IDF ordered not to change Gaza policy

Israel to up security along border, ask Egypt to prevent infiltrations.

jp.services1 (photo credit: )
(photo credit: )
Despite Monday's suicide attack in Eilat, the government will maintain its policy of restraint in Gaza, in part so the warring Palestinian factions will not have a reason to unite, Prime Minister Ehud Olmert decided on Tuesday. Olmert met with Defense Minister Amir Peretz and other top security officials to discuss Israel's response to the bombing, and decided that a widespread military action in Gaza would, according to one government official, "unite the Palestinians against us." At the same time, the official said, it was decided that military action against Islamic Jihad, which took responsibility for the blast that killed three people, would be permitted. According to defense officials, the IDF is still "extremely limited" in its ability to stop infiltrators and it is very possible that terrorists would succeed in crossing the border from Egypt to Israel. Terror in Eilat:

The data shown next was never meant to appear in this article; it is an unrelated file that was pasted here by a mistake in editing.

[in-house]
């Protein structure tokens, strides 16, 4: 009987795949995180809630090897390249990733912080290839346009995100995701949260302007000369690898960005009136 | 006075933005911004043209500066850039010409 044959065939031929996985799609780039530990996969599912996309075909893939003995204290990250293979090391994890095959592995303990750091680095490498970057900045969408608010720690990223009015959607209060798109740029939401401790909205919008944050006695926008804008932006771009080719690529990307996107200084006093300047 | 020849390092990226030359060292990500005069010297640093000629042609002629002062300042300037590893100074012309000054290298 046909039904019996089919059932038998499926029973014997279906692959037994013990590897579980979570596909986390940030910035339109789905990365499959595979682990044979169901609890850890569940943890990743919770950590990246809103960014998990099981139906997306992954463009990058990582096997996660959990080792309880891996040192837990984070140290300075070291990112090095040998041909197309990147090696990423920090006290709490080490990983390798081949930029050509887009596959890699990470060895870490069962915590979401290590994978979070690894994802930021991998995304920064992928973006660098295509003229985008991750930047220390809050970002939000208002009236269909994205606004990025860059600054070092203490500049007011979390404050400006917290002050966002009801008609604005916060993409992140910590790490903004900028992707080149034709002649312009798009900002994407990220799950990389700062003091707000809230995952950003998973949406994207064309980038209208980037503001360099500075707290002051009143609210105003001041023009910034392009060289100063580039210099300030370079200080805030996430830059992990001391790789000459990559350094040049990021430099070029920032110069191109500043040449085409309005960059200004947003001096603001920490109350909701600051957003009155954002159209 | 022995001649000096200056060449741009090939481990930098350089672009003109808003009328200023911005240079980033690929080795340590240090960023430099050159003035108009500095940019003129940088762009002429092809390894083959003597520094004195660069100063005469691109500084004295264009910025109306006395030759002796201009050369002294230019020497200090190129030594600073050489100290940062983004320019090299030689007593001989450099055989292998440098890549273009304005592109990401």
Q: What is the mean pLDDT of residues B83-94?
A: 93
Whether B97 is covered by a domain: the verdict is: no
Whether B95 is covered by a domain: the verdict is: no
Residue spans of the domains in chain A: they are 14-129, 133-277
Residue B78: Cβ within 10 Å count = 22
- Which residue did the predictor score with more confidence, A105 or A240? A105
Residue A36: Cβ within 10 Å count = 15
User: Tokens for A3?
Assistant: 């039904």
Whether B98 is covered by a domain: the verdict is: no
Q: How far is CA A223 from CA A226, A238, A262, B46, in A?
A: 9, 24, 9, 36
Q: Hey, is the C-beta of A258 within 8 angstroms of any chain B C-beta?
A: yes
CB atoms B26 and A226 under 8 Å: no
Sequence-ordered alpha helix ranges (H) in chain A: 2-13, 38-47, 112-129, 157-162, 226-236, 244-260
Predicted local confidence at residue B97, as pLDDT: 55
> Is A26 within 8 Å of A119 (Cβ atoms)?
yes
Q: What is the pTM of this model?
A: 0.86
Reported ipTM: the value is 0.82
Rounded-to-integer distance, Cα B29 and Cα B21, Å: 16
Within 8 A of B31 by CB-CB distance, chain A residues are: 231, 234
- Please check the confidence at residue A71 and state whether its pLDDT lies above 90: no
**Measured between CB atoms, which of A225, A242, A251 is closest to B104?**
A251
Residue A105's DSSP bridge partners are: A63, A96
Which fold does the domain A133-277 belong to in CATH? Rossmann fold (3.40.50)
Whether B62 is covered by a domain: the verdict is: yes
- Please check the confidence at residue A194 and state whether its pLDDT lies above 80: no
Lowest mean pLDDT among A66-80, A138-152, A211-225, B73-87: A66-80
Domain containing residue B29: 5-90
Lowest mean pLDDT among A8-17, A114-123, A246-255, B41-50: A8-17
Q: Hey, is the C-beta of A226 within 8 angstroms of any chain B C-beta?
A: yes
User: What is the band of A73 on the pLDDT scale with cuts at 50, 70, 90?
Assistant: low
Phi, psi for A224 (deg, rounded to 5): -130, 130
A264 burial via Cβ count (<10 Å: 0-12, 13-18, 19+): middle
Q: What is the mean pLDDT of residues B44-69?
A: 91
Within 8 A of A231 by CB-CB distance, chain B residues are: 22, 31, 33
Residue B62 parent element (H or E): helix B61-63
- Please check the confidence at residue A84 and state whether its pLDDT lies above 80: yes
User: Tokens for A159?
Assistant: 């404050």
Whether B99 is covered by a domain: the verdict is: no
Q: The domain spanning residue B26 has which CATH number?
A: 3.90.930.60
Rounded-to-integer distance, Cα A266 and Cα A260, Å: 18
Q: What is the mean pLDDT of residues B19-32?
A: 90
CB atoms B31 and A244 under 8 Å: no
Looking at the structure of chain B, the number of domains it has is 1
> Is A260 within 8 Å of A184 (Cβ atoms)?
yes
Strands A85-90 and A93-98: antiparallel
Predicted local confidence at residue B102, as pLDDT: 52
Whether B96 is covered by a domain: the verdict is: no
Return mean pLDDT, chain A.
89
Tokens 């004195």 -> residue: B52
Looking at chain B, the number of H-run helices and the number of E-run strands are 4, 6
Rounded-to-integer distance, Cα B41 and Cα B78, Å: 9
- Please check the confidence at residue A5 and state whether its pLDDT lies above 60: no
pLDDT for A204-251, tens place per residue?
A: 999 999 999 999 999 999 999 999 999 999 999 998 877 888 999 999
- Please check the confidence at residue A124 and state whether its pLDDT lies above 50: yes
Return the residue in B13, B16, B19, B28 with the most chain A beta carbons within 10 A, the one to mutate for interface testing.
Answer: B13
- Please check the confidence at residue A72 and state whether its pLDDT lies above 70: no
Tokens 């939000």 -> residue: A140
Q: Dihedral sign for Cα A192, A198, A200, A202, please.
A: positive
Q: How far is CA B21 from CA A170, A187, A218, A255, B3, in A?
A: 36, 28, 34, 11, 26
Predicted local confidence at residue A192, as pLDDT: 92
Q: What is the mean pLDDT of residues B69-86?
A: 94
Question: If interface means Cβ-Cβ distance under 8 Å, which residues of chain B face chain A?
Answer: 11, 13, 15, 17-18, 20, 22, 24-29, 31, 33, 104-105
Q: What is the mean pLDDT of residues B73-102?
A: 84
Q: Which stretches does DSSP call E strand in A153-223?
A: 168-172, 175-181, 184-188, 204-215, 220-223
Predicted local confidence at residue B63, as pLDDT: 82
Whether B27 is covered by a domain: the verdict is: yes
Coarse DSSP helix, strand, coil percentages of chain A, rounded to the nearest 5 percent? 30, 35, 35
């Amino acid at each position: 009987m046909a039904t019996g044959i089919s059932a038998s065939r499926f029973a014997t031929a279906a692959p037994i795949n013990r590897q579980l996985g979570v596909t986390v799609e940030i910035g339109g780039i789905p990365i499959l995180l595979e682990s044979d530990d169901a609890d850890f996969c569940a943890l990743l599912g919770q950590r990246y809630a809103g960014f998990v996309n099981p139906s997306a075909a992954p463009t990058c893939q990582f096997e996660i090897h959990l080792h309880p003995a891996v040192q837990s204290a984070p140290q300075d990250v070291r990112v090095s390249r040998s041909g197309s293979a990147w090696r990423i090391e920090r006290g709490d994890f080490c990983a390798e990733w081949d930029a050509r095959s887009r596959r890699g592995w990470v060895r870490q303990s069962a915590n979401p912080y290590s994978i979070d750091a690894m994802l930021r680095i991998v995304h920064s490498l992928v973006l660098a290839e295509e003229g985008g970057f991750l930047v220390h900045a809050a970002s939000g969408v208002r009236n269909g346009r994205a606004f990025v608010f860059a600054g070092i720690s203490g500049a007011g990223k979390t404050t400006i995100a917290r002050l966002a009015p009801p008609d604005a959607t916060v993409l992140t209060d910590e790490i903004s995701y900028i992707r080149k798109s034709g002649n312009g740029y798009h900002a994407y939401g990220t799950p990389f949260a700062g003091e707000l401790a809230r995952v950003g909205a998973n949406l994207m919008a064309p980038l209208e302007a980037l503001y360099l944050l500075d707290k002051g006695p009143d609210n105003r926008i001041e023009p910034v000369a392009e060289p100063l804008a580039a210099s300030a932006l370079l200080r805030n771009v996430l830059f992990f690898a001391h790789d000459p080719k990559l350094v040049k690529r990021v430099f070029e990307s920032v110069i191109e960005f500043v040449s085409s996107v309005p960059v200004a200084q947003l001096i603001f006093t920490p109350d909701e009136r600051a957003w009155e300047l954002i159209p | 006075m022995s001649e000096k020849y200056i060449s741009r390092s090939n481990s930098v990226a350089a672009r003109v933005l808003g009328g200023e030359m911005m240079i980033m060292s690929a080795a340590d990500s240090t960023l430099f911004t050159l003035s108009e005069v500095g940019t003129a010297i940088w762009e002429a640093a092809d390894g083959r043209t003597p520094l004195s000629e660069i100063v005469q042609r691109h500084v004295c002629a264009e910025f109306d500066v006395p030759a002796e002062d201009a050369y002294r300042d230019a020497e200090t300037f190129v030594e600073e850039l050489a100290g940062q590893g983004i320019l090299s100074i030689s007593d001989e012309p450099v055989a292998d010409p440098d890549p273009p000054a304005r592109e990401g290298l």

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  • Suicide bombings since 2001 In addition to Olmert and Peretz, Internal Security Minister Avi Dichter, Deputy Defense Minister Ephraim Sneh, IDF Chief of General Staff Lt.-Gen. Dan Halutz, Shin Bet head Yuval Diskin and Israel Police Deputy Commissioner Benny Kaniak took part in Tuesday's security consultations. Defense officials continued to point an accusatory finger at Egypt, which they said could do more to prevent infiltrations into Sinai from Gaza and then into Israel. On Tuesday, Division 80, responsible for securing the Egyptian-Israeli border, beefed up its forces near Eilat. In addition, IDF liaison officers asked their Egyptian counterparts to increase efforts to stop the terror flow from Sinai into Israel. "The Egyptians can do more," said one defense official on Tuesday. "It is just a matter of whether they want to." A diplomatic official said Israel had been pressing the Egyptians for years to take more effective action on their side of the border to prevent arms smuggling and the infiltration of terrorists, but to little avail. The official said some in Sinai were making a lot of money through smuggling, which includes not only arms and terrorists, but also drugs and women. The official said that when Israel pressed the Egyptians on this matter, Cairo's reflexive response was that they needed more personnel and security equipment in the area to successfully fight the phenomenon, something Israel is unlikely to agree to because of a long-term fear that the introduction of more forces and weaponry could eventually create a strategic threat to Israel. Jordan's King Abdullah phoned Olmert on Monday evening and urged Israel to show restraint in its response to the Eilat attack. According to a statement released by the official Jordanian Petra news agency, Abdullah "stressed the need for accelerating the peace process to avert any attempt to undermine efforts to restore negotiation between the Palestinians and Israelis." A Israeli diplomatic official said that this was Jordanian diplomatic-speak for calling on Israel to continue its policy of restraint. According to the Jordanian statement, Abdullah condemned the Eilat attack and expressed hope that it would "not affect the reviving of the peace process." Peretz, who left for Belgium Tuesday in his first state visit abroad, visited Eilat and promised that the IDF would step up patrols along the border in an effort to prevent future infiltrations. "We will step up operations and deal with this type of terrorist activity," Peretz said. "We will do everything to defend our civilians and prevent damage to the tourism industry in the city." Israeli officials, meanwhile, emphatically denied that an IAF aircraft bombing of a terror tunnel near the Karni Crossing in the northern Gaza Strip Tuesday morning was in response to the Eilat attack. No casualties were reported in the air strike, which was the first IDF action within the Gaza Strip since a cease-fire took effect two months ago. The officials said intelligence information indicated Palestinians planned to use the tunnel to blow up the Karni Crossing. The officials said the attack on the tunnel was approved on Thursday evening - well before the suicide bombing in Eilat - by the political echelon, after the Palestinians failed to destroy the tunnel.•